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Novartis 'in negotiations' over price of Lucentis in UK

New study suggests off-label treatment with Roche's Avastin could be as effective as using Novartis' eye drug

Novartis wet AMD Lucentis ranibizumab

Controversy surrounding the treatment of age-related macular degeneration (AMD) continues to rumble on in the UK, with the debate centred on the results of a study which suggested that off-label treatment with Roche's Avastin is as effective as Novartis' approved AMD medicine Lucentis, and with a much lower price tag.

In the latest development, Novartis has hinted that it may consider reducing the price of its drug if it can get approval for broader reimbursement on the UK National Health Service (NHS).

The publicly-funded IVAN trial hit the headlines over the weekend when it suggested that after a year's treatment, Avastin (bevacizumab) was just as effective as Lucentis (ranibizumab) in treating patients with the wet form of AMD, and could save the NHS £84.5m per annum. 

Both drugs were developed by Roche subsidiary Genentech, and both target vascular endothelial growth factor (VEGF). However, at UK NHS prices Lucentis costs £741 per vial, compared to just £40 for Avastin. 

Roche has said it has no intention of developing an AMD indication for Avastin, according to the UK's Nation Institute for Clinical Excellence and Healthcare (NICE), presumably because it has invested in a comprehensive clinical trials programme for Lucentis to show that it can be safely administered into the eye. 

Novartis meanwhile has said there are serious safety concerns associated with the use of unlicensed Avastin in AMD, and has initiated legal proceedings against the NHS in a bid to stop doctors offering it as an option instead of Lucentis.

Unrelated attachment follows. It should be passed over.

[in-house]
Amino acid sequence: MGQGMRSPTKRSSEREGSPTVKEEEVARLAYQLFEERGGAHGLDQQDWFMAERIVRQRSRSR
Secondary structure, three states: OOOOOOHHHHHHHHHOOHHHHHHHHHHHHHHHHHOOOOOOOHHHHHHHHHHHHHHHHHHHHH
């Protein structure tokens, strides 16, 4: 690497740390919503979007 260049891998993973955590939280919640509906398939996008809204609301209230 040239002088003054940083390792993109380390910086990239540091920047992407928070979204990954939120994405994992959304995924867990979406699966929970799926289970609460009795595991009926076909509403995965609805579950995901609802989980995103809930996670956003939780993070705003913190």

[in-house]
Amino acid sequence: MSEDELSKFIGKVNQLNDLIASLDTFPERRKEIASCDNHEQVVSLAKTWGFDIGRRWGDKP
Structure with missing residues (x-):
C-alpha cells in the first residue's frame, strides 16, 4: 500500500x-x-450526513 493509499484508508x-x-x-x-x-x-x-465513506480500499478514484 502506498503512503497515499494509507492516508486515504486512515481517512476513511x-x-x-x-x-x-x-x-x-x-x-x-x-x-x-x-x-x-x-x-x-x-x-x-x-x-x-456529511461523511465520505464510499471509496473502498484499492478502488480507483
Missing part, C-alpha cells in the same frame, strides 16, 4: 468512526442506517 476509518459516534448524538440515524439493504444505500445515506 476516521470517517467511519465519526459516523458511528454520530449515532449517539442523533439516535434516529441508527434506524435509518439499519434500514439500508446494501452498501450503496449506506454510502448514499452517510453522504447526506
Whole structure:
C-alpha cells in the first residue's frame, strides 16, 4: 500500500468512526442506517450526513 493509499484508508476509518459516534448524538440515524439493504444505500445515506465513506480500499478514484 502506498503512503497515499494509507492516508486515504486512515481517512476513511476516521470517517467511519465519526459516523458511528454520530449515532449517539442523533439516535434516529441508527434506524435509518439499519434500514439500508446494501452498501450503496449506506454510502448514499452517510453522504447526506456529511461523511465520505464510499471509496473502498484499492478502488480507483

All told, 610 people were tested in the IVAN study, which also concluded that wet AMD patients could achieve similar responses when treatment was given only as required, rather than once per month as stipulated on Lucentis' labelling. At the end of the treatment period, the test subjects exhibited almost identical levels of vision regardless of the treatment option.

The researchers from 23 hospitals and UK universities say that their results back up data from an earlier US study - called CATT - which came to similar conclusions.

Novartis has previously maintained that aside from the data on efficacy, the CATT results also reveal a 30 per cent higher risk of adverse events with Avastin compared to Lucentis, including serious reactions such as arterio-thrombotic events, systemic haemorrhage, congestive heart failure, venous thrombotic events, hypertension and vascular death.

While IVAN found no difference between the two drugs in terms of side effects, Novartis said this was "unsurprising, as IVAN is underpowered in relation to safety and not designed to demonstrate differences between the two drugs". 

The company may have its work cut out convincing doctors that the increase in risk justifies the huge price differential, and there are some preliminary signs that it may be prepared to negotiate with the UK authorities on the pricing of Lucentis. 

In a statement, the company said it is in discussions with both NICE and the Department of Health "regarding options looking at the cost effectiveness of [the drug] across all its approved indications”.

At the moment, NICE only allows reimbursement of Lucentis for wet AMD, the drug was not backed in diabetic macular oedema or in NICE's draft guidance on its use to treat macular oedema secondary to retinal vein occlusion

9th May 2012


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